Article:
"It’s an issue that's touched almost every family in the Commonwealth of Kentucky. It's touched mine. I've seen it first hand and you all have seen it first hand in your jobs and in what you're trying to do," Conway said.

Conway says three people die every day in Kentucky due to prescription pill overdoses.

Magoffin Co. School Board suing state for new school

MAGOFFIN COUNTY, Ky. -- Nearly 11 months after a tornado destroyed a Magoffin County middle school school board officials say they are tired of fighting with the state to get it replaced.

They say the state is not offering them enough money for a suitable replacement, and Thursday they filed a multi-million dollar suit against the Kentucky School Board's insurance trust.

Magoffin County school officials say 11 months is too long for the middle school to sit ripped apart and completely unusable.

Knott County officials propose budget plans

KNOTT COUNTY, Ky. -- Knott County is facing a more than $900,000 deficit, and Thursday night, officials came together to discuss their options.

With a deadline looming, a committee discussed how to balance Knott County's budget, before the state takes action.

Thursday night's discussion led to three possible budget plans that will be presented to the fiscal court for approval.

The first is a combination of budgetary cuts, layoffs and a revenue plan that will make up the 9-hundred thousand dollar deficit, as well as provide additional revenue through an occupational tax.

The second is the same combination of cuts and layoffs but without a revenue plan.

The third is a total shutdown of county government, which will leave only state mandated offices up and running.

The budget committee is expected to meet again today to possibly vote on a final budget plan.

Thursday, January 24, 2013

Drugs go up in flames in Floyd County

FLOYD COUNTY, Ky. --- Thousands of dollars worth of drugs went up in flames Wednesday in Floyd County.

The sheriff's office burned marijuana and thousands of prescription pills.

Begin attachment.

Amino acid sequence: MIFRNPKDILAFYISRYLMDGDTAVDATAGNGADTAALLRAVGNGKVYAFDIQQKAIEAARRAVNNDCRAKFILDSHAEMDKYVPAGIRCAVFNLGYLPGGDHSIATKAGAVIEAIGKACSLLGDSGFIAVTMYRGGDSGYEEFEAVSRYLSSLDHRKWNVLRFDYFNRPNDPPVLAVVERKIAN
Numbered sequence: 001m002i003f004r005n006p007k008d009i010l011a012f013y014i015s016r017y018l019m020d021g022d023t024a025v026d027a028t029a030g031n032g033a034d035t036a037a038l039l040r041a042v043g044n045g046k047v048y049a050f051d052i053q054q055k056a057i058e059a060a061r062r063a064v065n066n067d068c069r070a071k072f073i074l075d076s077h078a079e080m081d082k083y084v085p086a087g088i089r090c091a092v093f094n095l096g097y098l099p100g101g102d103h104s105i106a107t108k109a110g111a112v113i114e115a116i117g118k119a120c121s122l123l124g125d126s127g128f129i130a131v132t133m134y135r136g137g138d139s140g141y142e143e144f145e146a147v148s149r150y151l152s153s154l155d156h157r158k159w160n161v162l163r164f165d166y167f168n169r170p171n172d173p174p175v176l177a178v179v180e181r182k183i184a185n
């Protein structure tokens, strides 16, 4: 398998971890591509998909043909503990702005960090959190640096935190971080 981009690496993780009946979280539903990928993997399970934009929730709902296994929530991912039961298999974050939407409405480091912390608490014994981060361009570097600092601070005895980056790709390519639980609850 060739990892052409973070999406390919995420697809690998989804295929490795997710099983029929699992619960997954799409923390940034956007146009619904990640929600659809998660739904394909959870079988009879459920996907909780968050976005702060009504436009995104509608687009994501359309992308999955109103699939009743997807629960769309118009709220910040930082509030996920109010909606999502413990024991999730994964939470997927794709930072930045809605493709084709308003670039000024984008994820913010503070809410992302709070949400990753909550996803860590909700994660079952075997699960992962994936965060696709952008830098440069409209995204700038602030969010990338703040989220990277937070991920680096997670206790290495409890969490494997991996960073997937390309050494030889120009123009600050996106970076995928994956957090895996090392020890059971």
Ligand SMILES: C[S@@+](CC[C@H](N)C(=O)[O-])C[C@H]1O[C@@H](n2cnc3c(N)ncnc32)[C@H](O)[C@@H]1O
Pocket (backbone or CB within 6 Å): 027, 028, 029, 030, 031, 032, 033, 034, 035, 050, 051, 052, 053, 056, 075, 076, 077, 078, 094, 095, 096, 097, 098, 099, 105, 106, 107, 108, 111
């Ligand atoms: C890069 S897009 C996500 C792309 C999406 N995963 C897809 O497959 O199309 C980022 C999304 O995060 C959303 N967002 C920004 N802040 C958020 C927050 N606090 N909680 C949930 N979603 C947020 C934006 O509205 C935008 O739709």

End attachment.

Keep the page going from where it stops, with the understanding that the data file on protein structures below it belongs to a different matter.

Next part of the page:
The sheriff says the drugs are from nearly 65 cases that were recently closed, and most of them were confiscated within the past year.

"We're still continuing doing it and still making buys. We're going to keep fighting this problem that we have. It's a very bad problem, and we're going to continue fighting it," said Sheriff John K. Blackburn.

The sheriff says all the drugs were worth nearly $150,00

Man scamming Johnson Co. businesses

JOHNSON COUNTY, Ky. --- Police in Johnson County are looking for a man accused of scamming several stores out of hundreds of dollars.

Employees at a few convenience stores told police the man is stealing, but they say he is using a unique tactic.

"He's paying for the items, but then essentially he's trying to get the money back and more," said Deputy Terry Tussey. He says the man is trying to confuse the employees to get the money.

Deputies say the man has hit at least three stores in Johnson County, but they are still looking for him.

Officers say the man has gotten away with nearly $400 total from three stores and are not sure where his next target might be.

Police say the suspect is a black man believed to be about 5'11" and weighing around 170 pounds. He was last seen driving a red Kia Soul.

Anyone with information should call the Johnson County Sheriff's Office.

New organ donor emblem on KY driver's licenses aimed at increasing awareness

LEXINGTON, KY -- Kentucky is making a push to increase organ donations across the state by introducing a symbol printed directly onto organ donors' driver's licenses.

They have also created a statewide database of donors.

The program was introduced today at the Department of Motor Vehicles on Lexington's Regency Road. Officials were joined by those whose lives have been affected by organ donation -- either because the life-saving donation was available, because they're still hoping and waiting, or because it didn't come in time for their loved one.

Every day, 18 people on waiting lists die before finding a match. In Kentucky, only 35% of the population is registered to donate their organs.

If you would like to register as an organ donor, or check your registration status, you can do so at your local DMV, or online at DonateLifeKY.org

State trooper killed in off-duty accident remembered

CLARK COUNTY, Ky. --- Police officers across the state are mourning the loss of one of their own.

Police say Trooper Anson "Blake" Tribby, 25, crashed his pickup into a tow truck on I-64 in Clark County.

Flags at KSP Post 8 in Morehead where Trooper Tribby was a 2.5 year veteran...were flying at half-staff Wednesday in memory of the Mason County native.

The crash happened in the eastbound lanes around 7 p.m. Tuesday, shortly after another crash involving a car that was on fire in the westbound lanes.

Police say Tribby was off duty at the time, and was in his personal vehicle, a 1999 Toyota pickup truck. Kentucky State Police say he ran into a flatbed wrecker operated by John Masterson, age 54, of Winchester, KY.

Trooper Tribby was pronounced dead at the scene by the Clark County Coroner. Masterson was not seriously injured.